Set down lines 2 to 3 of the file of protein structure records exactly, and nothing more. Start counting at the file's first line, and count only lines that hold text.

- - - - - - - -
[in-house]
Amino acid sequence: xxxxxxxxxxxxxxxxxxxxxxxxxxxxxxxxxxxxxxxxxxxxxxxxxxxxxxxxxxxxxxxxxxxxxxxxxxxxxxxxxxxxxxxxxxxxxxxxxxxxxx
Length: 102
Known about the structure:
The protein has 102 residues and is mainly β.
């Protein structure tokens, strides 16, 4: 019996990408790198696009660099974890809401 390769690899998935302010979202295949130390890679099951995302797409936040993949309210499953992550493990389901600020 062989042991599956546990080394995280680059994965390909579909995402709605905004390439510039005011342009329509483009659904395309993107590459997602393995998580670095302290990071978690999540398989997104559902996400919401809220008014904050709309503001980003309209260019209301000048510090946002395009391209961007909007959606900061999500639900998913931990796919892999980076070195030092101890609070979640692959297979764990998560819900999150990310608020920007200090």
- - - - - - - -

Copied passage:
Amino acid sequence: xxxxxxxxxxxxxxxxxxxxxxxxxxxxxxxxxxxxxxxxxxxxxxxxxxxxxxxxxxxxxxxxxxxxxxxxxxxxxxxxxxxxxxxxxxxxxxxxxxxxxx
Length: 102